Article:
Some people would call 2020 “biblical.” Fires raged across Australia for almost 80 days; a locust plague has ravaged East Africa; the COVID-19 pandemic has dramatically changed our way of living; and social unrest and racial discord erupted in the United States and spread to other countries. And the year is not even over yet.

When things go south, we hope things will get better in the end. And they often do. But what if 2020 is not a usual year marked by black swan events but rather a reflection of how bad things have become and how badly we need change?

Consider this: We’ve lost 20 million hectares of forests every year since 2011; more than 8 billion kilograms of plastic end up in the oceans annually; air and water pollution has reached critical levels in many major cities; there are around 265 million working children (almost 17% of the worldwide children population); about 1.7 billion adults remain unbanked; and $111 billion was invested in fossil fuels in 2019.

2020 Is Making Us Rethink Our Lives

Until recently, most of us have not thought all that much about sustainability. These things often feel too distant to be meaningful, their impact too slow to be noticeable in our daily lives. But this is changing fast.

  • COVID-19 has made us aware of our vulnerability — and has justified extreme measures. Lockdowns have been an extended period of reflection. The worldwide chaos caused by COVID-19 is not a result of climate change, but the scale of disruption is comparable, in many ways, to a world where climate change is left unchecked. The pandemic has let us experience the very real global disruption wrought by a seemingly science-fiction-like natural event that arrives gradually, but inexorably, and quickly bulldozes through our entire social and economic system. This time, it is a virus — next time, perhaps an extreme weather event. So despite the ongoing coronavirus crisis and a looming recession, business and political leaders are taking sustainability more seriously than ever.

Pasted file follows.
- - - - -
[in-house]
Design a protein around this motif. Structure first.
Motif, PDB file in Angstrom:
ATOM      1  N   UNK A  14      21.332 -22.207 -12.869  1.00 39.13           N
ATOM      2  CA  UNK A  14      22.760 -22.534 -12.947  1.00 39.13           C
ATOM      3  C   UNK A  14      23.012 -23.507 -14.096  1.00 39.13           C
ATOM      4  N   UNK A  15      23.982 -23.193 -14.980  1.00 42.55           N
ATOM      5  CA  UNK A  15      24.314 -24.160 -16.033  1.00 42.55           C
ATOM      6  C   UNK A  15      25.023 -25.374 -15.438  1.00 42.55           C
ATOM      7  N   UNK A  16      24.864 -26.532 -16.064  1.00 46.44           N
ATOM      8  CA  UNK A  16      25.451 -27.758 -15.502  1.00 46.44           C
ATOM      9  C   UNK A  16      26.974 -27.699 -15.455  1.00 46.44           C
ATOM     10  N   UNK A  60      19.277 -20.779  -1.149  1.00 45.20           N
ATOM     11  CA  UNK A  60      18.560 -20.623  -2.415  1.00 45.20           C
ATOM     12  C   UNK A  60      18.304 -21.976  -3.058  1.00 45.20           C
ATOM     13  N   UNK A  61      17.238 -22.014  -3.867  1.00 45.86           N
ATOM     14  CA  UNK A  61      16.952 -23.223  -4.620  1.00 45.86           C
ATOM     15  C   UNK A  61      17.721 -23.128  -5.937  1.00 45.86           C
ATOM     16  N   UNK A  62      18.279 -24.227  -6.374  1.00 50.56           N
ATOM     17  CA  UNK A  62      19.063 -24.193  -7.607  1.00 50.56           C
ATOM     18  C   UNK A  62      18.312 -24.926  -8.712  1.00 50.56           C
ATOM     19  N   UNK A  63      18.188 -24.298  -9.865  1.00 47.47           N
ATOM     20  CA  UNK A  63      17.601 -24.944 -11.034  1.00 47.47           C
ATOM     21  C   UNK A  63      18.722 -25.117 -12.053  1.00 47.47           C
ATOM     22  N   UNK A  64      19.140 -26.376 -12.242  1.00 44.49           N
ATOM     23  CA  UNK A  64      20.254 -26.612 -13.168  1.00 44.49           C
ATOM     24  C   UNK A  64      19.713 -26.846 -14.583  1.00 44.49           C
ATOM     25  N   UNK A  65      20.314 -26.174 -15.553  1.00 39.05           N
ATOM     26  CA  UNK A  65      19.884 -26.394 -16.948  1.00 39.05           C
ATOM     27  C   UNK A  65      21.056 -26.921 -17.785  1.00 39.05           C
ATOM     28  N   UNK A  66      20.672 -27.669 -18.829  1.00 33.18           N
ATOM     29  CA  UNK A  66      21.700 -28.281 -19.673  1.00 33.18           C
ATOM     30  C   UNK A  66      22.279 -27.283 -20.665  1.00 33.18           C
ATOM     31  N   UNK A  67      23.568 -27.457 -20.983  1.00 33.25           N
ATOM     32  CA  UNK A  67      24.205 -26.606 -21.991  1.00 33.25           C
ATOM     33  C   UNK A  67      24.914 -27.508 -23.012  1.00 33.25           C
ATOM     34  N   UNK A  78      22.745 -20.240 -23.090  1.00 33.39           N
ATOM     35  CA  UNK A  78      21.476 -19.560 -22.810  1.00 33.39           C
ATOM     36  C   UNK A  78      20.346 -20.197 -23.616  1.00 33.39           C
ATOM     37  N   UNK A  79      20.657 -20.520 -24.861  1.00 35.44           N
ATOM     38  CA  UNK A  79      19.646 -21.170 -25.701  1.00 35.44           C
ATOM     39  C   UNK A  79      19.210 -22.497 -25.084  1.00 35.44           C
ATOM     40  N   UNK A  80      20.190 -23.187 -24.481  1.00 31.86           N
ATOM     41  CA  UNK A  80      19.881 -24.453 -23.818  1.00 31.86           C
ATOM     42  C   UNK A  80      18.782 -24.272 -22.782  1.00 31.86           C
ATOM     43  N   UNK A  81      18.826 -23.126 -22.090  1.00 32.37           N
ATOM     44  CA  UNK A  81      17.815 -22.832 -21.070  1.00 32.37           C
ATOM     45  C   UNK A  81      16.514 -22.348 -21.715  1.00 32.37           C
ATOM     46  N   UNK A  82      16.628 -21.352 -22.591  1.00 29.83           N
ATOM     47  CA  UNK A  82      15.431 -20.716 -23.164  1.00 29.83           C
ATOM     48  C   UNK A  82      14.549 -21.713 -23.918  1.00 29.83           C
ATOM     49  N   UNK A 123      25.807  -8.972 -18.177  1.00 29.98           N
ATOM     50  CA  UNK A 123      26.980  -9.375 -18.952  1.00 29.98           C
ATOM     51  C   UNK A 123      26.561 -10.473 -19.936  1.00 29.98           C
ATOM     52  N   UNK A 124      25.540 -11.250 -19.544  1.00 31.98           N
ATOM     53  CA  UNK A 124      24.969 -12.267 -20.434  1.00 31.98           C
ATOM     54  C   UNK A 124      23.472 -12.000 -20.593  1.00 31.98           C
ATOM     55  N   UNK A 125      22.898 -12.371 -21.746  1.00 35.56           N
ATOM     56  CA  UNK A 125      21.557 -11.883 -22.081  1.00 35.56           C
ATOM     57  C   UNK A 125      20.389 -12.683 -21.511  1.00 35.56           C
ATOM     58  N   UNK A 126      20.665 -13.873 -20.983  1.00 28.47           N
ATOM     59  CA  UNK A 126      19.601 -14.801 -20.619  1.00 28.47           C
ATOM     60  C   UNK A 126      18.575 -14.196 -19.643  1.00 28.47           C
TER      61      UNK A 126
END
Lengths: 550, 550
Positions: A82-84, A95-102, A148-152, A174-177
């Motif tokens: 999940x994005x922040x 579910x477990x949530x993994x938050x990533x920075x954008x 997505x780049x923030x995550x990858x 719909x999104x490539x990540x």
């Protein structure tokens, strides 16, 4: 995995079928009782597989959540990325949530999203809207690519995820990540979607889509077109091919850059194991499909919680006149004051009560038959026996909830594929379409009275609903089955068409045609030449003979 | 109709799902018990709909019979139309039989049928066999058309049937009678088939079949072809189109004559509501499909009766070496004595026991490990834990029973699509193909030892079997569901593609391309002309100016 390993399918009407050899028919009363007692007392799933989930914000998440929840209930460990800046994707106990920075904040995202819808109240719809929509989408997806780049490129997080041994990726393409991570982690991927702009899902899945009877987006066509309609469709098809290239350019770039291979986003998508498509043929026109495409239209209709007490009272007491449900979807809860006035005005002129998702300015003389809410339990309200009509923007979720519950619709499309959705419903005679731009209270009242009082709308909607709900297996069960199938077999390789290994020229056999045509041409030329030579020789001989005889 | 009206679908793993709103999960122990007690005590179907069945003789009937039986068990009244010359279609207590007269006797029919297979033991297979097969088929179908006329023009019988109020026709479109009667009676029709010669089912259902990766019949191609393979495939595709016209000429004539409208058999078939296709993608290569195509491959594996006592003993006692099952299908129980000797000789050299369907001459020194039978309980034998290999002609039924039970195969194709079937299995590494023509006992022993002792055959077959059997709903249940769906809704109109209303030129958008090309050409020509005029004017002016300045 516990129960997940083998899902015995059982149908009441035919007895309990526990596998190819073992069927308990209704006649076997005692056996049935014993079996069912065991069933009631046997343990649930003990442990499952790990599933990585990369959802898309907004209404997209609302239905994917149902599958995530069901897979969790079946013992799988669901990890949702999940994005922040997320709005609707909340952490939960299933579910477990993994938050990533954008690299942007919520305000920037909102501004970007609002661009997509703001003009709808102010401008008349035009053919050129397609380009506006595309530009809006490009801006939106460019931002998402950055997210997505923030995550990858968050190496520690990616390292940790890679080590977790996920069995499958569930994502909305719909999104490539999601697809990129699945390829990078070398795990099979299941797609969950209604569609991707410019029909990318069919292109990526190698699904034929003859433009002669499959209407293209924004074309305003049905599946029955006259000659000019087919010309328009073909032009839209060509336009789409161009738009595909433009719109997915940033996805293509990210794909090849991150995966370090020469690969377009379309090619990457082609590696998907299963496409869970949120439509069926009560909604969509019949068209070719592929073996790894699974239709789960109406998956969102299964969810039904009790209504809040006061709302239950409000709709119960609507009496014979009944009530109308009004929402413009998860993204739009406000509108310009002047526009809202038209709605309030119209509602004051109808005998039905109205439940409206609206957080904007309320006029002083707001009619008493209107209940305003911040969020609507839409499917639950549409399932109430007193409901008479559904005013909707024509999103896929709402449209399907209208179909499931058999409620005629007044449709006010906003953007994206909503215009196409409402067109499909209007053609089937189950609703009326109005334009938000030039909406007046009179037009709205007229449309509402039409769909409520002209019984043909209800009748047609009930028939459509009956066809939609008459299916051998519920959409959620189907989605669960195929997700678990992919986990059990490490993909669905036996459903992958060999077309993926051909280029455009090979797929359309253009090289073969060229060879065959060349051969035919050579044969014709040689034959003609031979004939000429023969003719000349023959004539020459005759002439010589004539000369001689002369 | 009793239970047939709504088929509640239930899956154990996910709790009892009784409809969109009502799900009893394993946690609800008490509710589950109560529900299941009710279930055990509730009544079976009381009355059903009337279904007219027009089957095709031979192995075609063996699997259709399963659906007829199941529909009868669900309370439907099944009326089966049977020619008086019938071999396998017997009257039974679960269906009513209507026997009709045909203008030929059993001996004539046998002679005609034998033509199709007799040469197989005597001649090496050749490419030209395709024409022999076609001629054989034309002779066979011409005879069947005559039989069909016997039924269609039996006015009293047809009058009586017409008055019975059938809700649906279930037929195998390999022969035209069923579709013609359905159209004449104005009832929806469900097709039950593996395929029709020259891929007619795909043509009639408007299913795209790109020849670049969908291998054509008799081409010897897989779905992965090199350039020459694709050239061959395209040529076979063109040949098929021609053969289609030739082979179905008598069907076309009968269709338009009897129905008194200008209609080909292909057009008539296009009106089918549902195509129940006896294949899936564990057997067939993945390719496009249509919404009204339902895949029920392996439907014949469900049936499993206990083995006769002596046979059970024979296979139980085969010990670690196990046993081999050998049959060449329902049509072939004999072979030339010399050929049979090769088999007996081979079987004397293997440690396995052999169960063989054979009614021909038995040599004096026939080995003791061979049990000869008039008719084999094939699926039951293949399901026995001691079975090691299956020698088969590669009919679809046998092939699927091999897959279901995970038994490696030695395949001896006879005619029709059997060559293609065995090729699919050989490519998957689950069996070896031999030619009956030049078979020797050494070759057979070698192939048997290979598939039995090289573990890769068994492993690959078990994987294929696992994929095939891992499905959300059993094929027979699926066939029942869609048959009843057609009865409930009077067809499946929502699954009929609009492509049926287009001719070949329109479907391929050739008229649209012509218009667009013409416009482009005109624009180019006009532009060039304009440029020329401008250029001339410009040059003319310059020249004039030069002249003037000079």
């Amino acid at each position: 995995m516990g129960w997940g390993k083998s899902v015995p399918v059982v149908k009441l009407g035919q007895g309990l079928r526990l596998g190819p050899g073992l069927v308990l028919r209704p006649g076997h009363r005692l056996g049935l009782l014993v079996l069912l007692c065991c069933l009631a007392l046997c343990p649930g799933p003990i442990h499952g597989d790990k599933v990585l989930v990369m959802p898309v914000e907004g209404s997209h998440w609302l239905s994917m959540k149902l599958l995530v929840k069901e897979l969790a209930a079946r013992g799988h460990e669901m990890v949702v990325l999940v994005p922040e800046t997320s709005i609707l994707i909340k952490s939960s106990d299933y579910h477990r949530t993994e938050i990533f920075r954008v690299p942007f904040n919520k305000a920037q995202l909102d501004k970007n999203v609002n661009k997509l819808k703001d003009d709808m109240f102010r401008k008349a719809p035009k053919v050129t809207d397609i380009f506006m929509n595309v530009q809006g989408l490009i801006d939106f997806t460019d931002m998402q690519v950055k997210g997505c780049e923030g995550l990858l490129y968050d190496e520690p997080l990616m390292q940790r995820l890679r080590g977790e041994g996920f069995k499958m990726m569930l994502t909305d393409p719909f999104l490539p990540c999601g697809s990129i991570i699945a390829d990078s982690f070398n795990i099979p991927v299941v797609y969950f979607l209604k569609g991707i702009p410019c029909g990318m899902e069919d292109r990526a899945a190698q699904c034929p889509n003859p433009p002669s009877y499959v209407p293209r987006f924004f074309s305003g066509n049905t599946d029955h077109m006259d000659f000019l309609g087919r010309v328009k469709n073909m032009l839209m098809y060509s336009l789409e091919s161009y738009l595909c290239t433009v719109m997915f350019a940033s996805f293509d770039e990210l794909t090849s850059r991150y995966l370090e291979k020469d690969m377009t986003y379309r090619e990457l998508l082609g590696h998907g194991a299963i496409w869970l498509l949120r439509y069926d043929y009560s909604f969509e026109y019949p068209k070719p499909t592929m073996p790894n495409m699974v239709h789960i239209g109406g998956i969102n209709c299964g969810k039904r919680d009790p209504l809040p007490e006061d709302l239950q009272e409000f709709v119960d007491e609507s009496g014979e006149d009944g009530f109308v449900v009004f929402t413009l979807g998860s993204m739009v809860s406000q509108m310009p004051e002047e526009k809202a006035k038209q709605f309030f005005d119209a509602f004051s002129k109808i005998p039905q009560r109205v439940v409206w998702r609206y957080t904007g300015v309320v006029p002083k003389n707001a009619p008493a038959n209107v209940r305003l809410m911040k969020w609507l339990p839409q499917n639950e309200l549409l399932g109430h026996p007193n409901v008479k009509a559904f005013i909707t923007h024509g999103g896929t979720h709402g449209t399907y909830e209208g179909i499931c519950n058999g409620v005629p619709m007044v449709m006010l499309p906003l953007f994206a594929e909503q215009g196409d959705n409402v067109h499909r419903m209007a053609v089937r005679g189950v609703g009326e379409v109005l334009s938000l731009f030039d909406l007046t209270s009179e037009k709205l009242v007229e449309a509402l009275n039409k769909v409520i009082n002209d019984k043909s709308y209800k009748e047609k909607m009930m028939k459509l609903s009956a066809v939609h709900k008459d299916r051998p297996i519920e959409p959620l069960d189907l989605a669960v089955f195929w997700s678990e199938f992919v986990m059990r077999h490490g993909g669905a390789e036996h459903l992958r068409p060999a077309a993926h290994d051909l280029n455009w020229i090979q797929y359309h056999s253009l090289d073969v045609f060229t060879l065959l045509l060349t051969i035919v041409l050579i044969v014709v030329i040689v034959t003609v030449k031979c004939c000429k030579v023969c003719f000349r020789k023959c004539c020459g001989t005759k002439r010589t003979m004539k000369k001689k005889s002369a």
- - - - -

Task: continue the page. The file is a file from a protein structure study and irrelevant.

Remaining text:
• Consumers have discovered their consciousness. An increasing number of customers see beyond the pure transactional interactions with companies and demand business practices that are both ethical and sustainable. This consumer awakening will impact companies on many different levels, beyond just sales. Dissatisfied customers might not be able to leave rogue companies on the spot if alternatives do not yet exist, but they will gradually disengage and eventually look for — or create — alternatives.
  • Employees care more about values, too. Employees want to find communities they can identify with to replace the affiliations that they used to have outside of work. More people face a future with fewer personal connections and seek information about company values before applying for a job. They also tend to work harder for firms that let them live their ideals. Forrester’s research shows that great employee experience reduces employee turnover and improves productivity.
  • Sustainability has become a business necessity, not just a differentiator. In the coming years, businesses will need to adapt to a host of new environmental, social, and governance risks or face extinction. It is no longer a question of whether it is “necessary or not” to launch sustainable business practices but rather how long it will take before consumers, shareholders, or governments punish businesses that don’t. While dialogue, engagement, and even government subsidies can motivate reluctant companies, fines and customer boycotts are often more effective.